Catifying Your Home For Harmony
Catification is the art of creating an enriched home environment that is acceptable to both you and your cat. Catification teaches us that every square inch of the home can be shared in a positive way. Allowing our cats to own spaces through scent distribution and finding confidence in the vertical world can be accomplished—all while respecting and adhering to our own personal aesthetics. Catifying is simply the process of implementing all of the various catification ideas.
But before we can catify the home, we have to get to know where in the vertical world our cat finds his or her mojo: the specific place or places in the home where they feel their greatest sense of territorial ownership. And we call this magical place…
The Confident Where
Cats see territory in a three-dimensional way that other species (including humans) don’t. They walk into a room and take in every square inch from floor to ceiling, assessing possible rest spots, advantageous perches where they can survey the comings and goings of other beings who share their turf, and spots where they can camouflage themselves to prey/play or just disappear from the world. So our first order of business here is to figure out exactly where on the vertical axis they find their greatest mojo. And the first thing we’ll want to do in figuring this out, is to assess which of the following classifications best describes your cat so we can catify accordingly:
Bush Dwellers are the cats waiting under the coffee table or behind a plant. They are often waiting to hunt or to pounce and prefer to have all four feet on the ground.
Tree Dwellers can be found anywhere off of the ground. These cats get their confidence from being up high and seeing what’s going on, preferring to be on a chair or on top of the couch.
Beach Dwellers also prefer having all four feet on the ground. But rather than waiting under a coffee table, they like being out in the open, as they send a message to you and everyone else in the home: “You have to walk around me.”
Once we have a sense of who our cat is, the next step is to embrace the idea of…
Cats largely define that sense of belonging by finding things they can soak their scent into. So by definition, a signpost is something your cat has left a visual sign or scent on, thereby signifying territorial ownership for them.
Popular signposts include: beds, towels, blankets, scratching posts—since cats leave scent and visual markers through their claws—and, of course, the king of scent soakers, and the mother of all signposts… litter boxes. This is why the locations you choose for your litter boxes are key. Having one box hidden behind a washing machine, another tucked away in the garage, and a third secluded in a guest room closet will not help our cause here. Instead, I would like for you to consider the idea that litter boxes should go in socially significant areas of your home: in or near the heart of the action. (I realize this is not an especially popular idea to most humans, but I wouldn’t ask this of you if I didn’t think it was absolutely paramount.)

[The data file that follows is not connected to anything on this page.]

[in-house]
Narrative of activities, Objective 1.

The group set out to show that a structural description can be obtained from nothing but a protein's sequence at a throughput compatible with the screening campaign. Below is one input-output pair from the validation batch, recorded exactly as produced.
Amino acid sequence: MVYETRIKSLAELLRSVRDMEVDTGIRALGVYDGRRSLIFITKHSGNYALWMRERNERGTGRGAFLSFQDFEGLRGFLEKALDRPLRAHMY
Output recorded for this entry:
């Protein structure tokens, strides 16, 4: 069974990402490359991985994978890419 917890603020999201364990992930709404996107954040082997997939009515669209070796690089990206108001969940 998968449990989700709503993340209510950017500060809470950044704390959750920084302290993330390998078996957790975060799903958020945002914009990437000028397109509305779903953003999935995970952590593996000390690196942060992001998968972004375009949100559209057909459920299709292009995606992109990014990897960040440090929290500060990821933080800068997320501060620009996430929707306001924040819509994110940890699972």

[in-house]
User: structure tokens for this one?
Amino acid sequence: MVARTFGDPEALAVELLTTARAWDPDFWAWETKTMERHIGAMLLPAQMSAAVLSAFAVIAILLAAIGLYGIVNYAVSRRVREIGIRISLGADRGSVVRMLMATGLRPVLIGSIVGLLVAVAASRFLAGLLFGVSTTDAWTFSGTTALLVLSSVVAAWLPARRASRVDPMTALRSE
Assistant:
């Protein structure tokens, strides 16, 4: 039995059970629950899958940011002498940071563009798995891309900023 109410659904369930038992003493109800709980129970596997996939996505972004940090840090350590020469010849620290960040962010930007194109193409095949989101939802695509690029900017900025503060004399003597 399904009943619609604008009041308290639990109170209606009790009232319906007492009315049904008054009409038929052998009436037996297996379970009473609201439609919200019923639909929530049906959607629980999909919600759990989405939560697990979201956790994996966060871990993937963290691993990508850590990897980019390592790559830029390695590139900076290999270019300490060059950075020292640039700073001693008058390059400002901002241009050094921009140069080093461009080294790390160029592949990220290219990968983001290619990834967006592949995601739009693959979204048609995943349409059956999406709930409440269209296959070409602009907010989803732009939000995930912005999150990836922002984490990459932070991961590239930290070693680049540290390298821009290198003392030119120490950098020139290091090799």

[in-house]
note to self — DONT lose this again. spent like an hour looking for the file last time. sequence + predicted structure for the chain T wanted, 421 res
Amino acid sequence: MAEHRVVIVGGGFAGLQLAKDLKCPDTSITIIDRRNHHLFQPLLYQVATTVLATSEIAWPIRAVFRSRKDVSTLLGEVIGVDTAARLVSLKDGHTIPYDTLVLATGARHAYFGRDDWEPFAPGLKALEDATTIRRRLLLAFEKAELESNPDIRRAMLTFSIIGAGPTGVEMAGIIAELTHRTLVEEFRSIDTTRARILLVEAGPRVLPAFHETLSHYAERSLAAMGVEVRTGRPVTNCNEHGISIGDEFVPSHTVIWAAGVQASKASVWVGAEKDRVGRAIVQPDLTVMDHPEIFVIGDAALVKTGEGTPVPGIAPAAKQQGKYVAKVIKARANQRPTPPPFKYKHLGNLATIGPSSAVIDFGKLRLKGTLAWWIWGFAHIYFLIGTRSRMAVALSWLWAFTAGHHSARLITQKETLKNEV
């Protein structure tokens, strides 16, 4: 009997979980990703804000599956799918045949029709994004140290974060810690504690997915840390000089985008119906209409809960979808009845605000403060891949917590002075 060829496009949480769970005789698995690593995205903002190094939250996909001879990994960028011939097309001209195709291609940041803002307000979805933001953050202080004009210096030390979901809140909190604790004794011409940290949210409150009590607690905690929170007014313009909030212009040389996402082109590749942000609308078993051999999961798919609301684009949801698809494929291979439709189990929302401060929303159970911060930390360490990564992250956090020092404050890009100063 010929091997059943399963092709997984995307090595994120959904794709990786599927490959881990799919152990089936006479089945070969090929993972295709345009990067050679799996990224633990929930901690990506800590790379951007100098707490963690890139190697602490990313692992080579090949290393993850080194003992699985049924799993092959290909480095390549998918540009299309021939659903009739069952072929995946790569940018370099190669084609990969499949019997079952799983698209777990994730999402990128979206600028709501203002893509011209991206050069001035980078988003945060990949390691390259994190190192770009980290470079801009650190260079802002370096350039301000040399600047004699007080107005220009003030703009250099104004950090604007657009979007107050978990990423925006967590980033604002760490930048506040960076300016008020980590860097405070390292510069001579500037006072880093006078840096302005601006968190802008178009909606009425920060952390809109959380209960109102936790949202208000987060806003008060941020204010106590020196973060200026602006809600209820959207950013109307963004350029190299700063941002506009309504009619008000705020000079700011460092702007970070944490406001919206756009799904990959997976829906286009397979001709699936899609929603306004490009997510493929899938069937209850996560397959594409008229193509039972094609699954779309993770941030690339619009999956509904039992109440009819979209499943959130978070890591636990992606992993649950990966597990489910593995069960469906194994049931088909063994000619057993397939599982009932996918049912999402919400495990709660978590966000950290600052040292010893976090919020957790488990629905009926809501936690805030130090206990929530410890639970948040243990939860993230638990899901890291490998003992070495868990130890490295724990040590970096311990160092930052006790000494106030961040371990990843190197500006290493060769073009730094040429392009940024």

Once we have some of these “base camp” signposts in place, our next step in catifying your home for harmony is checking out a little mind-stimulating entertainment for your cat in the form of…
Did you know that cats spend an inordinate part of the day not sleeping (as is typically presumed), but looking out the window? Cat TV takes the most important story line for cats—hunting—and puts it in a “box,” so that they can experience the same relaxed sensation: an exercise I call “passive engagement.”
Just as you might design your living room with the TV as the focal point, look around your home for prime windows for creating Cat TV, and add things outside those windows to attract natural prey such as birds and insects. Think: a bird in a birdbath, bees visiting flowers, squirrels at a feeder.
Make the window a destination location with a cat tree, perch, or cat bed that invites your cat to sit and binge-watch Cat TV to his heart’s content. (A bird-feeder is an excellent starting point.)
For extra variety—or if windows are at a premium in your home—consider an aquarium. I’m not a fan of them, but they do provide quality TV time without the benefit of an actual window (just take really good care of those fish!). A better alternative would be one of these “plastic fish” aquariums, which basically achieves the same goal: it gives your cat something to do with their mind, as they remain passively engaged in their hunter way without actually having to hunt.
A final idea to consider in our catification efforts here is…
As you probably know by now, I’m not a big proponent of cats going indoors and outdoors at will. Catios are an amazing compromise…. and a real game changer. A catio is a space you can make for cats (which of course you can share with them) by enclosing your existing patio or creating an enclosure. There, you can offer great vertical spaces, wooden objects that they can scratch on, different grasses including catnip that you can plant and they can enjoy—even hunting that can happen when critters make their way inside. They can also get some vitamin D from the sun and essentially enjoy much of the upside from being outdoors without risking the downside inherent to roaming beyond the safety of home base.
As for more specifics, I have written in great detail about catios in two of my books: Catification and Catify to Satisfy.
In the meantime, I know you and your cat (or cats!) will find these suggestions helpful. Try implementing some of these ideas into your home environment and watch the harmony expand…